The UN Food and Agriculture Organization is reporting that global food prices hit their highest level on record last month, and that doesn’t account for the full effects of the Ukraine crisis.
FAO’s food price index averaged 140.7 points in February, which beat the previous high in February 2011 by 3.1 points.
In a separate analysis, FAO forecast world wheat production to rise 1.9% this year, contributing to a small, 0.7%, increase in overall grain production. Ukraine’s corn and wheat production set records in 2021, but the FAO report noted that “significant damage to infrastructure, particularly port and rail facilities, could curb the export capacity to ship grains.”
By the way: Chicago winter futures rose the exchange limit of 75 cents per bushel again on Friday to $12.09. Meanwhile, Russian fertilizer manufacturers were told by their government to stop exporting fertilizer. Experts told Agri-Pulse that action will put further pressure on fertilizer prices paid by U.S. farmers.
Take note: We’ll get a fresh read on U.S. food inflation on Thursday when the latest Consumer Price Index is released.
For more on what’s in store this week, read our Washington Week Ahead.
New avian flu outbreaks in commercial flocks reported
A deadly poultry disease has spread to more states.
USDA’s Animal and Plant Health Inspection Service said Sunday it has confirmed the presence of highly pathogenic avian influenza in a commercial mixed species flock in Charles Mix County, South Dakota.
The news comes after APHIS confirmed HPAI in Missouri on Friday and in Maryland on Saturday.
The Missouri detection happened in Stoddard County near the Arkansas, Kentucky and Illinois borders. Some 240,000 broilers will be depopulated at the facility. HPAI was detected in a flock of commercial layer chickens in Cecil County, Maryland.
All told, the disease has now hit nearly 1.9 million chickens and turkeys across the country, a number that will only go up once flock sizes of the Maryland and South Dakota confirmations are reported. No human HPAI cases have been detected in the United States, and USDA is encouraging consumers to fully cook poultry and eggs to 165 ˚F to kill bacteria and viruses.
By the way: HPAI isn’t the only disease in the news; China has reported new detections of African Swine Fever. According to USDA’s Foreign Agricultural Service, the disease was detected in February in western China.
Farmer in Ukraine still plans on spring planting
Many of the people staying behind in Ukraine are there to fight. Kees Huizinga has stayed to farm.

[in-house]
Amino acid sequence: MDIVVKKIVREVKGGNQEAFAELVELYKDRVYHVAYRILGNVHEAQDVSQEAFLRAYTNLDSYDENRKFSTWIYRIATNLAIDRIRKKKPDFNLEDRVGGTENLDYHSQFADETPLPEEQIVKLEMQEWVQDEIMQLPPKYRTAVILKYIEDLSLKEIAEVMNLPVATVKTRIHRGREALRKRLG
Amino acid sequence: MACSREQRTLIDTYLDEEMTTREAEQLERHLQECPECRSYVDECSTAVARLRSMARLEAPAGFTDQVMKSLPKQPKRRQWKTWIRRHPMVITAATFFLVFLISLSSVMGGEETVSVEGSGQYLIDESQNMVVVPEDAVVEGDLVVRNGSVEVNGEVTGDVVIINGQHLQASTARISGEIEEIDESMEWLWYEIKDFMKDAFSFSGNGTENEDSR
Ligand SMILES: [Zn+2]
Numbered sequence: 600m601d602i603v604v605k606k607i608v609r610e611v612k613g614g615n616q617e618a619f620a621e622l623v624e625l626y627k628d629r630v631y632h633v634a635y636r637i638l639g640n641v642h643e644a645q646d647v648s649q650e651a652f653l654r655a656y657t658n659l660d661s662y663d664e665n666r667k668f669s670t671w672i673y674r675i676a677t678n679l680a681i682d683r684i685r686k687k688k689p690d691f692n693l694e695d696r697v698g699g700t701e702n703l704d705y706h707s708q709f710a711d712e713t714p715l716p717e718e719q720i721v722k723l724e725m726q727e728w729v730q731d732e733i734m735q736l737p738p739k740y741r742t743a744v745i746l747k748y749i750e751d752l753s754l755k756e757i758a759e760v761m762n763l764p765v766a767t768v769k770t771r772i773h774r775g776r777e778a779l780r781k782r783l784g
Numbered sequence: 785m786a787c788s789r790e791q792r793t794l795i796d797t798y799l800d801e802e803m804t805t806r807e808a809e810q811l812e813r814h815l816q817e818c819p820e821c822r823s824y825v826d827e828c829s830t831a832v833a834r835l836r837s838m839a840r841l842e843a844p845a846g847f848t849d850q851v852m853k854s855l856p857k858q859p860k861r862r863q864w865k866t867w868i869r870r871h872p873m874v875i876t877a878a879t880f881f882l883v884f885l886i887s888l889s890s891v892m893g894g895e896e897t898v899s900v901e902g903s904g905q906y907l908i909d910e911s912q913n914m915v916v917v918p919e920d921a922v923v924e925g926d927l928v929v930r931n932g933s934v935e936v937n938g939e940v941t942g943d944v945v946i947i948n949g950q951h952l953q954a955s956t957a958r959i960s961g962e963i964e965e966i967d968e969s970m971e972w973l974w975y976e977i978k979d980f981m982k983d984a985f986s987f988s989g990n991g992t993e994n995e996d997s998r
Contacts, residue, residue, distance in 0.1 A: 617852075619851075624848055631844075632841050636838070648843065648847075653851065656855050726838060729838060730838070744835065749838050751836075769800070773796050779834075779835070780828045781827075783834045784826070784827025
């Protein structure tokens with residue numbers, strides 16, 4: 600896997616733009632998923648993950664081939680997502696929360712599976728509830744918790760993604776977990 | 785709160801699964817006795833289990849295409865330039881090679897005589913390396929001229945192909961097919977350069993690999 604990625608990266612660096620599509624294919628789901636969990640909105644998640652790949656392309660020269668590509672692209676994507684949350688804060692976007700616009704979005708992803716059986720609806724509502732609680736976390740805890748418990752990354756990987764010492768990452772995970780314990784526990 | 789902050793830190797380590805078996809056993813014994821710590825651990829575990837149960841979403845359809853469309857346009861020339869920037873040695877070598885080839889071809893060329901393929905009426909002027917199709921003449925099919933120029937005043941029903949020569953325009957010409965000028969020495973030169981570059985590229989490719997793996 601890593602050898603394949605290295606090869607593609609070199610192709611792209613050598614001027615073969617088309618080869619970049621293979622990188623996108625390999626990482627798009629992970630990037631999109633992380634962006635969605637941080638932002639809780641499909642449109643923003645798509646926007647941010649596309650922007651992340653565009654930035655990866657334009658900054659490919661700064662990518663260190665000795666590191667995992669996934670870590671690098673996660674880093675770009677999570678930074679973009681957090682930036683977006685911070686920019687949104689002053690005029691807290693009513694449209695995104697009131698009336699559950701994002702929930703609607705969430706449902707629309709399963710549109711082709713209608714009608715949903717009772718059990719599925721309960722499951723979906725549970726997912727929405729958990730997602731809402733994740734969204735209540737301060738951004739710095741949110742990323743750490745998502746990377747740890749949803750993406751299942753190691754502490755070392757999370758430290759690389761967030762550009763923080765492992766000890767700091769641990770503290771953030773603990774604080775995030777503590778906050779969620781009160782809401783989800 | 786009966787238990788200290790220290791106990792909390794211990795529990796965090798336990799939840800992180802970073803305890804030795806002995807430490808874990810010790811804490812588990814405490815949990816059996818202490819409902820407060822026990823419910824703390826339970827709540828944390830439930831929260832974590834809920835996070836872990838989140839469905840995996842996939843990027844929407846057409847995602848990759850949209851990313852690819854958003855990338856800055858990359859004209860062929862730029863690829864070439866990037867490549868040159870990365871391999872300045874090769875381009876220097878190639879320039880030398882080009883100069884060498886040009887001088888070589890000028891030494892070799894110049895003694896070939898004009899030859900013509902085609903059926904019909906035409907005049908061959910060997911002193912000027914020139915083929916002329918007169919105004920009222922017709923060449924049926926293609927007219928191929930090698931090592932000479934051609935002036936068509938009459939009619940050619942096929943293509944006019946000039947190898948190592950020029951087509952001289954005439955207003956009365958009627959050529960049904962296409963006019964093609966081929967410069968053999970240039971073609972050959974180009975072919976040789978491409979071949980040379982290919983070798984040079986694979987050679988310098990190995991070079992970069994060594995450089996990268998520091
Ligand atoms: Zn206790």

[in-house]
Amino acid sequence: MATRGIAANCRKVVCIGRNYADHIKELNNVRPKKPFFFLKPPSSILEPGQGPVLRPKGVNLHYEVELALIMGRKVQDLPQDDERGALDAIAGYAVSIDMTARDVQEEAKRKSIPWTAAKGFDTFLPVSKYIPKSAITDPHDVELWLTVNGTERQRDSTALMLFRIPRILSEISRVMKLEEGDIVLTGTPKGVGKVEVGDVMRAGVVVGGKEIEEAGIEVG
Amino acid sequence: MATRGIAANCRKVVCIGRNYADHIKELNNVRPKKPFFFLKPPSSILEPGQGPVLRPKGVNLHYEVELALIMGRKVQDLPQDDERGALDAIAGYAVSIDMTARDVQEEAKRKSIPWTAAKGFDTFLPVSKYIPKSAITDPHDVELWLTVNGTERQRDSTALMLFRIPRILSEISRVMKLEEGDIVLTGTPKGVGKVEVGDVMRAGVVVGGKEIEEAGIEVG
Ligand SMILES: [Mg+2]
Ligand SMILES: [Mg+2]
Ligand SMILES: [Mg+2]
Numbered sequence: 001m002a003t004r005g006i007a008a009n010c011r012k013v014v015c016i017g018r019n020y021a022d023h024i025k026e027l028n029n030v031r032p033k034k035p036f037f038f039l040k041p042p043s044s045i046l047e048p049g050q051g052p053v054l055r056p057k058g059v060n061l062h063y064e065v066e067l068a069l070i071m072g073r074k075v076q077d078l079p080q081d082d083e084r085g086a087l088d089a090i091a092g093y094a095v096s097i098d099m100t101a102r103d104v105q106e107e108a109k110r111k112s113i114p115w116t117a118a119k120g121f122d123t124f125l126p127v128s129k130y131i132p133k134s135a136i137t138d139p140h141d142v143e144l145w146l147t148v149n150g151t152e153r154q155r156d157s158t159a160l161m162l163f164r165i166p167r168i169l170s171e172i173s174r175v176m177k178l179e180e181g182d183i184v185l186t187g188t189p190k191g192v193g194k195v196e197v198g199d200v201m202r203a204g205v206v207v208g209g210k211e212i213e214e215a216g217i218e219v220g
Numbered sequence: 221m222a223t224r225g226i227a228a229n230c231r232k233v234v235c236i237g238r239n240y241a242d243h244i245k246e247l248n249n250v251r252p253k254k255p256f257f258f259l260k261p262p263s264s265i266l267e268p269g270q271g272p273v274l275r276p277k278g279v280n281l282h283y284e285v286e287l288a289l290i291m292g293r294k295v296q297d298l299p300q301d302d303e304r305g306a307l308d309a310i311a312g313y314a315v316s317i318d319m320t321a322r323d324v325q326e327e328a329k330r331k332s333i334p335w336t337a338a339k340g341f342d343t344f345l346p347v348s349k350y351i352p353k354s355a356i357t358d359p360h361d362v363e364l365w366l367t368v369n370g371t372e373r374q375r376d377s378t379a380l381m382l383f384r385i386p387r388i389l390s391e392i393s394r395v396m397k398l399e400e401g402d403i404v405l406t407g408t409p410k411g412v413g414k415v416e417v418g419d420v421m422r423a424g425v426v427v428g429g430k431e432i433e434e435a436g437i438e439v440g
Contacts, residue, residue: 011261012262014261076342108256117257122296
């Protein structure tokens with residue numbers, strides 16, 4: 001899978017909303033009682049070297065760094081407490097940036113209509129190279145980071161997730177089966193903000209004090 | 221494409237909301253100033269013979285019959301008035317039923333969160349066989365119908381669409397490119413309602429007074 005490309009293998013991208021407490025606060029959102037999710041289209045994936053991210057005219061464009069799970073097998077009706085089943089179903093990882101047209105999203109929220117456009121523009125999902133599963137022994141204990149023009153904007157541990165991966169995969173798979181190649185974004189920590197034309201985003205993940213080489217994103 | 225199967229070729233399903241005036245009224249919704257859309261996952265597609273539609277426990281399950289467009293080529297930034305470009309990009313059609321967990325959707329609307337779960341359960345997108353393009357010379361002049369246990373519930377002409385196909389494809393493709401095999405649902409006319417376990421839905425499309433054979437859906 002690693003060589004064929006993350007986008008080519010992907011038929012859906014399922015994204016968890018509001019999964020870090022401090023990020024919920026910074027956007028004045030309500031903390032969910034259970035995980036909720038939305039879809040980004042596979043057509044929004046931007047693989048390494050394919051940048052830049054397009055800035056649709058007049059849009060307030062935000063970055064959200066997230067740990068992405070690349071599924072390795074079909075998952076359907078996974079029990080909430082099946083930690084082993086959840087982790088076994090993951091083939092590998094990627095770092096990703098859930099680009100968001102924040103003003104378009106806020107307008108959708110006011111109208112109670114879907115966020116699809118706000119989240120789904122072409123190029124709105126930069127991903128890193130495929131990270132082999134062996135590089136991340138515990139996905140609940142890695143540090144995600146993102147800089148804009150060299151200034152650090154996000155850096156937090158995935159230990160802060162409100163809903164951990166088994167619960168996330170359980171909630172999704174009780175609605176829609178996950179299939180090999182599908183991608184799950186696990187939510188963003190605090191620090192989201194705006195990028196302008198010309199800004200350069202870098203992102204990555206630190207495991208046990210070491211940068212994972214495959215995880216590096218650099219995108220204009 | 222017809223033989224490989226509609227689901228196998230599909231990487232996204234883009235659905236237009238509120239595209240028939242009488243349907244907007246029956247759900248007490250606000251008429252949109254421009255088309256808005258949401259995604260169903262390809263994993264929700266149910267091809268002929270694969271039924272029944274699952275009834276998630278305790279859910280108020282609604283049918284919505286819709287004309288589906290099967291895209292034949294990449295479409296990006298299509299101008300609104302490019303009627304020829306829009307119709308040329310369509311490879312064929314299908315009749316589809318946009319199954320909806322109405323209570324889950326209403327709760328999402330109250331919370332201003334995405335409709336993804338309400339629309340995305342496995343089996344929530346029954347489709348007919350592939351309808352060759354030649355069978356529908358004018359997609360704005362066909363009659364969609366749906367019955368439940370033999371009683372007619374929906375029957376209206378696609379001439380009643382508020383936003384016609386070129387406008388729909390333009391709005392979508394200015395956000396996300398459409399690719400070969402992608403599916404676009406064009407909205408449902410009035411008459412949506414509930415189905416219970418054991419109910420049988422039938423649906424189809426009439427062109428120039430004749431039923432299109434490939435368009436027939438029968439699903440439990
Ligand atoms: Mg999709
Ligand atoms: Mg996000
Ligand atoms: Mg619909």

It’s not likely to be a bumper crop this year, but Huizinga says he’s still planning to start planting in April. Huizinga, a Dutch native who grows corn, wheat and other crops in Ukraine, says in a YouTube post he is short on fertilizer and fuel and is revising plans to deal with the situation “in order to at least do some planting and seeding instead of nothing.”
Here is a longer interview with Huizinga conducted by Kim Lang, chief communications officer for the Global Farmer Network, on March 1.
Brazil a growing market for US hops
While Brazil is the largest soybean competitor to the U.S., the South American giant is also a customer for U.S. hops, and that trade continues to increase, according to a new analysis from USDA’s Foreign Agricultural Service.
The U.S. exported 1,163 metric tons of hops to Brazil last year as the brewing industry there grows and expands. That’s an 85% increase from 2020, helping push the U.S. closer to Brazil’s top supplier, Germany.
“Although Germany continues to be the largest exporter of hops to Brazil, the United States comes in second place with 33% of the market share,” FAS says. “If we consider the high devaluation of the Brazilian real against the dollar, which makes the product more expensive, and the difficulties faced by craft breweries in the pandemic year, it is noticeable that the Brazilian craft beer segment is solid and resilient.
"Therefore," FAS said, "hops for craft breweries continue to be a good opportunity for American exporters in the upcoming year."
Tyson mulls Supreme Court petition in worker death case
Tyson Foods is asking a federal appeals court to delay sending a case involving four workers’ deaths back to Iowa state court for adjudication while it decides whether to file a petition in the U.S. Supreme Court.
The company asked the U.S. Court of Appeals for the Eighth Circuit to stay issuance of the mandate in its decision finding that Tyson could not remove the case to federal court. Families of the workers at Tyson’s Waterloo, Iowa, plant, who died of COVID-19, oppose the request, saying they have been “thwarted in their attempts to even begin litigating the merits of their claims that Tyson’s negligence and misrepresentations killed their loved ones.”
In December, the appeals court rejected Tyson’s claims it “was performing a basic governmental task or operating pursuant to a federal directive in March and April of 2020,” which would have allowed the case to be heard in federal court.
In its stay request, Tyson cited an appeal in the Fifth Circuit that could result in a different decision. “There is at least a reasonable prospect that the Fifth Circuit will disagree with this court and create a square circuit split, which would significantly increase the chances of Supreme Court review and reversal,” the company argued last week.
The mandate is the document that gives effect to the court's opinion and order, said Adam Pulver, attorney for the workers’ families.
He said it: “That’s who I am. I’m a farmer.” – Kees Huizinga, who has been farming in Ukraine for nearly 20 years.
Questions, comments, tips? Send an email to Steve Davies.